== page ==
Enforcing and Fighting an Automatic Renewal Provision in a Lease
Few issues catch both landlords and tenants off-guard more than an automatic renewal provision in a lease. Ostensibly to ensure and protect an ongoing landlord-tenant relationship, most of the time these provisions just end up surprising one or more parties and forcing them into another term that neither was interested in. More cunningly, these provisions are sometimes snuck in by landlords hoping that their tenants will just “forget” that they needed to give notice of an intent not to renew a lease. Many tenants, both commercial and residential, can suddenly find themselves on the hook for another whole year, or more, and unable to move to a more desirable location.
Not all is lost, however. In many cases, automatic renewal provisions neglect to put a limit on how many times that the renewal provision applies without action by a party. If that’s the case, the lease term is deemed to have gone beyond at least three years and, without being signed and notarized by the landlord, is unenforceable.
The general rule in Ohio is that any lease in real property is subject to the statute of conveyances. R.C. 5301.01. Essentially, for any lease in real property, the landlord must both sign the lease AND have the lease notarized. If they don’t, then the term of the lease is void.
The only exception to this general rule is any lease that does not exceed three years. R.C. 5301.08. As most leases, especially residential leases, go for a period of twelve months, this doesn’t usually apply unless there is an automatic renewal clause.
Why does this matter for an automatic renewal clause? Two reasons:
- Most automatic renewal clauses have no limit on renewals, and so by necessity make the term of the lease go beyond three years. As stated explicitly by Ohio’s 12th District Court of Appeals, “[i]n order to be valid, a perpetual lease must be created in accordance with Ohio’s statute of conveyances, R.C. Chapter 5301. A lease is perpetual if it contains an automatic renewal clause which makes the duration indefinite and uncertain.” Haught v. Geissinger, 2009-Ohio-98, ¶ 12.
- Almost no one bothers to get the lease notarized. A common and successful defense against landlords attempting to enforce an automatic renewal clause in a lease is to point out that there was no limit to how many times a lease could automatically renew, and that the lease was never notarized. Because the lease wasn’t notarized, and the lease through the automatic renewal clause went beyond three years, the term of the lease is unenforceable by law.
Both landlords and tenants can help themselves by being aware of Ohio’s notarization requirements for leases that last longer than three years, including automatically renewing leases with no end date.
TAKEAWAYS FOR LANDLORDS
Landlords can protect their interests in one of two ways:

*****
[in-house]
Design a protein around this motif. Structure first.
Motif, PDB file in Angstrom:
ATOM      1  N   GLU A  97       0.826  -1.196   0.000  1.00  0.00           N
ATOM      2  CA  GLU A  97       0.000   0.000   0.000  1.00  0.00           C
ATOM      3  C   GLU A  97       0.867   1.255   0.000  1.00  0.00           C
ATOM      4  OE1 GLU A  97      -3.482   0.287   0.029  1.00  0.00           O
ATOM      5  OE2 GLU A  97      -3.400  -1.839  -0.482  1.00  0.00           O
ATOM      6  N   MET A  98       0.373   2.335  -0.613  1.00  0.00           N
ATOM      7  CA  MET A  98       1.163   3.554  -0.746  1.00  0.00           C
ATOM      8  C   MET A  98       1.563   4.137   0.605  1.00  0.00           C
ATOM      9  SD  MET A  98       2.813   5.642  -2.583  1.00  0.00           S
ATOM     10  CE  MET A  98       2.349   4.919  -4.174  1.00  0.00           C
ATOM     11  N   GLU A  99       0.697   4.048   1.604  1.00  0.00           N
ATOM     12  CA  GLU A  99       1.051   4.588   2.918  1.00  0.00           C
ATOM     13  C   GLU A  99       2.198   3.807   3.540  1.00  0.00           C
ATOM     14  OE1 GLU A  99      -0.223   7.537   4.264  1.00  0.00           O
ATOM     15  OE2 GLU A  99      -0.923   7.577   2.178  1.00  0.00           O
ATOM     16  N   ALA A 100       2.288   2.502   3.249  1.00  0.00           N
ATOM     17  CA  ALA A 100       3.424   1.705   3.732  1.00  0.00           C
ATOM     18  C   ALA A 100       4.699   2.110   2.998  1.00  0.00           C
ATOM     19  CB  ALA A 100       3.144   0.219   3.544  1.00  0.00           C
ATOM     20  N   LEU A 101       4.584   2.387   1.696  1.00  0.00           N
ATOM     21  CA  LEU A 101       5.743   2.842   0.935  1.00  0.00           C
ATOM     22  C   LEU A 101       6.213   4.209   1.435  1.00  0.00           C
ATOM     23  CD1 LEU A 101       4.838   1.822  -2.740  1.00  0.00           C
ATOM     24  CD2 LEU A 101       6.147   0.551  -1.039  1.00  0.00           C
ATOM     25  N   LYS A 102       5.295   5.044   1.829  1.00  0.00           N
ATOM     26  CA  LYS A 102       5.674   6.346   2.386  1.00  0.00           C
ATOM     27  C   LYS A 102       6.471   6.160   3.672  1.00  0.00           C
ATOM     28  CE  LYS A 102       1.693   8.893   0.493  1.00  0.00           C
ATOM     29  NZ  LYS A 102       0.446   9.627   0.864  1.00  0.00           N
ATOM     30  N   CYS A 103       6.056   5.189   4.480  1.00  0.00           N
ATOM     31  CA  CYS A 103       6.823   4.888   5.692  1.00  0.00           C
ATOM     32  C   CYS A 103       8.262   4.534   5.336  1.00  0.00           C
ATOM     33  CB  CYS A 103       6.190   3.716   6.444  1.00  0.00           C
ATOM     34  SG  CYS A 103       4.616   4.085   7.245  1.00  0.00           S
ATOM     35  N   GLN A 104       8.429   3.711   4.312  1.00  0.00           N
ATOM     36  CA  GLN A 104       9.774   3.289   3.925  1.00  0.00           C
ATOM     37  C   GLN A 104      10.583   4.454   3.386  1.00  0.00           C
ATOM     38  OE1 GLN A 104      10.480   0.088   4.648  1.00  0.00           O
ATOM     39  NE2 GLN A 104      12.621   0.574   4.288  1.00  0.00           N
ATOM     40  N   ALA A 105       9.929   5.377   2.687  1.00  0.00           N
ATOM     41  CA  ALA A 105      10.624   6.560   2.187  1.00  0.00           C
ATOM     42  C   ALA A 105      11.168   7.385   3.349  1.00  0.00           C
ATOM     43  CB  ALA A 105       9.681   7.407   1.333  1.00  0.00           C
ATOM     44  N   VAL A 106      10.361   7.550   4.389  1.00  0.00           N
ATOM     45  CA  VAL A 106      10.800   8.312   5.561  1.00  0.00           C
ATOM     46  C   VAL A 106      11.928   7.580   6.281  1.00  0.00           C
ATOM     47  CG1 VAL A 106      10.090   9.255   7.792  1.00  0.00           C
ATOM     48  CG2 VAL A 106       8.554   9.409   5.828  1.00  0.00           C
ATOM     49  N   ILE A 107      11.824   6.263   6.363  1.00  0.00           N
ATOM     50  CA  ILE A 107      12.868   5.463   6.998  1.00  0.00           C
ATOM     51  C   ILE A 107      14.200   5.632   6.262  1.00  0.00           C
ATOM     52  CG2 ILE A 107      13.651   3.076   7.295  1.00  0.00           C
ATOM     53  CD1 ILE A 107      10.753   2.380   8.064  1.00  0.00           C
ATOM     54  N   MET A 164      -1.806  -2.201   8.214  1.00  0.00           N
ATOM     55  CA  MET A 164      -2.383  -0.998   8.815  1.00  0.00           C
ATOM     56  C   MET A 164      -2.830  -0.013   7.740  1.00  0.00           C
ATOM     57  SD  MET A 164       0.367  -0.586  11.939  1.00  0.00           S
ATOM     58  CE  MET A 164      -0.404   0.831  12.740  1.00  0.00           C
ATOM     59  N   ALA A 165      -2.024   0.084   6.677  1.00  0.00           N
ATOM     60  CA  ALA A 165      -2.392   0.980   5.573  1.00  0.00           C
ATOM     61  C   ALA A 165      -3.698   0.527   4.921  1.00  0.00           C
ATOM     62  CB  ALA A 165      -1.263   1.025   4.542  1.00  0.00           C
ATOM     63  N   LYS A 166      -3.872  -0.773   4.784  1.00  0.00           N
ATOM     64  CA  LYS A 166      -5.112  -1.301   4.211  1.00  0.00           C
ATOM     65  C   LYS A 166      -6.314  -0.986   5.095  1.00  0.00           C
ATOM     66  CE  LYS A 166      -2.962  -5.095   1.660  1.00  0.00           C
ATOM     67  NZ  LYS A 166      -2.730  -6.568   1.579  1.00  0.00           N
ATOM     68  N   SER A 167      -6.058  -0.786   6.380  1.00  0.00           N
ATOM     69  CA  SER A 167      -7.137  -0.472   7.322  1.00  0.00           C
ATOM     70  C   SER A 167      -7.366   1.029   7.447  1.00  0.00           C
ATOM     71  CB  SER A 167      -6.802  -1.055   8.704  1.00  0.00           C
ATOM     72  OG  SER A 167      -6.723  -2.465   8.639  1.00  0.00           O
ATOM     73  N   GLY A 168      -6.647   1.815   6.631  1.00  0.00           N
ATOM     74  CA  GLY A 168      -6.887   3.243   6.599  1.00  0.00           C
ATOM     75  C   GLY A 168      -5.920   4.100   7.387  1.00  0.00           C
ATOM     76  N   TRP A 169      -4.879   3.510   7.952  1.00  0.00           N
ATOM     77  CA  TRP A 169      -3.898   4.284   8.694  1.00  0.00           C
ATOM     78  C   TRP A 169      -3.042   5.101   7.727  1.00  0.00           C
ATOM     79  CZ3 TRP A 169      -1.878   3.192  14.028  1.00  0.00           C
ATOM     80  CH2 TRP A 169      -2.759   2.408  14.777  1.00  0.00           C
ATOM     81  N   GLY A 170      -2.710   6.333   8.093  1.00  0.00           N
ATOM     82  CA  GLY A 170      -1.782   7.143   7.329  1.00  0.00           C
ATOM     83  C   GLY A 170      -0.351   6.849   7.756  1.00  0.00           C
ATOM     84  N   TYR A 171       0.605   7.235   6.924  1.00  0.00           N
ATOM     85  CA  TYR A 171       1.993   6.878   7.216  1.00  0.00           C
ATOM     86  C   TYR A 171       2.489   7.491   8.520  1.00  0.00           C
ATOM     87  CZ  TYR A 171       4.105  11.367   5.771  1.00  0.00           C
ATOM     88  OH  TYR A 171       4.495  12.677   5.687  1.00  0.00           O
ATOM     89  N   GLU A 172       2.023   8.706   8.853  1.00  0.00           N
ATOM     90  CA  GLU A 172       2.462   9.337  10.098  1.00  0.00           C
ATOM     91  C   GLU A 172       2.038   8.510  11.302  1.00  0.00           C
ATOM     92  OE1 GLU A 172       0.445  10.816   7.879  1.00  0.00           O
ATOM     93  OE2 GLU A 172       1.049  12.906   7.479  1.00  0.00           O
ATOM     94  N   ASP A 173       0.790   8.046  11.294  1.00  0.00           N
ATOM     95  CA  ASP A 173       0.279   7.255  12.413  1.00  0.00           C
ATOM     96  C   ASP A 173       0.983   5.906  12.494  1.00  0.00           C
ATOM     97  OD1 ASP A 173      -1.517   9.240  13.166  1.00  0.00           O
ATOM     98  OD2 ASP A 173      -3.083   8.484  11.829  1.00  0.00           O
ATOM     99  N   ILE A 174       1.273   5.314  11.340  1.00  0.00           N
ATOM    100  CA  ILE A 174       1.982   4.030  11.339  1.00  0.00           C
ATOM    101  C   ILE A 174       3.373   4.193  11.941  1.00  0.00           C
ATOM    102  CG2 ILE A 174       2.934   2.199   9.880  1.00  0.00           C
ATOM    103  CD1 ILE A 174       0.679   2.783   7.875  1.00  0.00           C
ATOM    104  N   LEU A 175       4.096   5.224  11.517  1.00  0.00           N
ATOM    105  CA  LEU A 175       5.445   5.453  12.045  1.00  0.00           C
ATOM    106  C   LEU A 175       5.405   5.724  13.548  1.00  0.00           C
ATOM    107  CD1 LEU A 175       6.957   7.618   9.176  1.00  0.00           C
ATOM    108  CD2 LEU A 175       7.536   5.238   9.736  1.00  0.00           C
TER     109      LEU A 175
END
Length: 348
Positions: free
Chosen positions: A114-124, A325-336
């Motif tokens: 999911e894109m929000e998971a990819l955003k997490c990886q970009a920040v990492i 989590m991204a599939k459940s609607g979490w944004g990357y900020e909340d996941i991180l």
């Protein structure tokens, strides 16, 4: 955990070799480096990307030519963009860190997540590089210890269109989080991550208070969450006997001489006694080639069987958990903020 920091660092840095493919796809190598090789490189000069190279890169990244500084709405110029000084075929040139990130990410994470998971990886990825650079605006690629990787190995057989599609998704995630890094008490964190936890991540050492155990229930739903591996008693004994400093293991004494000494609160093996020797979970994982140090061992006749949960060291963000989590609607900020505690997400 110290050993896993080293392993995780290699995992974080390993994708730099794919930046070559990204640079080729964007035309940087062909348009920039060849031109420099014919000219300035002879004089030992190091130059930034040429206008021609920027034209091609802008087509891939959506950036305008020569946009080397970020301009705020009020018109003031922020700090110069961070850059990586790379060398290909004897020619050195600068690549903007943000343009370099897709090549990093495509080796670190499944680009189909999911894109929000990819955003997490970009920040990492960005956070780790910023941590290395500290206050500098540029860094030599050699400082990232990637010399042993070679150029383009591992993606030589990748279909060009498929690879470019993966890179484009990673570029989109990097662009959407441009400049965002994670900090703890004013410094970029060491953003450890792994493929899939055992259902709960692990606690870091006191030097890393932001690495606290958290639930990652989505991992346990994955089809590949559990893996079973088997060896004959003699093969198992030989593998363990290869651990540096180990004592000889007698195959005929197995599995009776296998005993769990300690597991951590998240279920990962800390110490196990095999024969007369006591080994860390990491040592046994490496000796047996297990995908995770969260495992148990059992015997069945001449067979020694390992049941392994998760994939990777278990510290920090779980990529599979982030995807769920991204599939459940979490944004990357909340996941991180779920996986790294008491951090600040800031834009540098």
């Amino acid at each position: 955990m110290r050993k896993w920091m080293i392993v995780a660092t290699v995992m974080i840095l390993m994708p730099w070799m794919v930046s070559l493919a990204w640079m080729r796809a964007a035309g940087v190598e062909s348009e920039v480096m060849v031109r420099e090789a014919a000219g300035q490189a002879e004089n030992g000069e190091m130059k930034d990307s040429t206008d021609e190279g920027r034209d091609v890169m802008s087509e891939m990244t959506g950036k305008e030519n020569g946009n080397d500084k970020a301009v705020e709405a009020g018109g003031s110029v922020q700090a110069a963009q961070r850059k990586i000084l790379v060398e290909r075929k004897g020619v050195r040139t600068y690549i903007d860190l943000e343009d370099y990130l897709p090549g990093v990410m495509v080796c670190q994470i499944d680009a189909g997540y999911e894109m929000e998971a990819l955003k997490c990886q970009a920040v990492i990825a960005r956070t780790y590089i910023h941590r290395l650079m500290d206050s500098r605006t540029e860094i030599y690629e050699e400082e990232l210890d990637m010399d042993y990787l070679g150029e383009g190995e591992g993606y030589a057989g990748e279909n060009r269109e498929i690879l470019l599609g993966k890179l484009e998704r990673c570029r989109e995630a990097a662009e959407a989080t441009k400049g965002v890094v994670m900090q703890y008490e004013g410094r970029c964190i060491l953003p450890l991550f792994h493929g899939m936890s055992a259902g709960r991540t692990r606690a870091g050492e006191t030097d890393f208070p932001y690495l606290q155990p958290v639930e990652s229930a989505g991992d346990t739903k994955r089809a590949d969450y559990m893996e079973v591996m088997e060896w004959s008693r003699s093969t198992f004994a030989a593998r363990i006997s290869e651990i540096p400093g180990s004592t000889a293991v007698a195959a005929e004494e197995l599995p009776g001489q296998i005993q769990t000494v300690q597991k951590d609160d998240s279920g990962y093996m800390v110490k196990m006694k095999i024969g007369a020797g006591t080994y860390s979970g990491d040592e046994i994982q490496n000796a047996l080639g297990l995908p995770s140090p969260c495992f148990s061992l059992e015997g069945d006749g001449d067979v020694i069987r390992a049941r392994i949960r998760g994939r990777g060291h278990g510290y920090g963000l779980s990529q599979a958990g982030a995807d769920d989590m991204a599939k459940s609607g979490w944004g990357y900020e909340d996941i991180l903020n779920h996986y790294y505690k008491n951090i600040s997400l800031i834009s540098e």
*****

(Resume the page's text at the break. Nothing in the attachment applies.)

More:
- Adjust your automatic renewal provision so that it is limited to three years; or
- Notarize your contracts.
Though somewhat counterintuitive, the easier action to take is just to have someone on staff, or have yourself, notarize every contract that you make with a Tenant. Becoming a notary is not a complicated process, and many public notaries are available at a low cost. As only the landlord’s signature, not the tenant’s, must be notarized you can even set aside a day and just have all your leases signed and notarized at the same time.
If you’re worried about your process falling through and not being able to notarize every lease, your lease agreements can be changed fairly quickly and at low cost by a competent real estate attorney. Just make sure that your lease terms are limited to three years or less in terms of your automatic renewals, and you won’t have to worry about complying with the statute of conveyances.
TAKEAWAYS FOR TENANTS
Tenants, if you’re looking to get out of a lease and there is an automatic renewal provision, ask to see a copy of the lease agreement. If there is this provision, and it doesn’t limit itself to three years or less, THE TERM IS VOID, and most courts will interpret the new agreement to be a month-to-month tenancy. A word of caution, some landlords may attempt to bring a claim against you anyway, even though the lease is unenforceable. Make sure you consult with an attorney with landlord-tenant experience that can raise the statute of conveyances defense and make the landlord leave you alone.
Ohio’s statute of conveyances is a powerful tool for both landlords and tenants. Landlords should make sure that they are in with it if they wish to enforce any lease going longer than three years, including leases with automatic renewal provisions. Tenants should read their lease carefully if they are looking to leave a property without penalty, and be ready to use a landlord’s failure to notarize the lease as a defense to paying rent under the lease.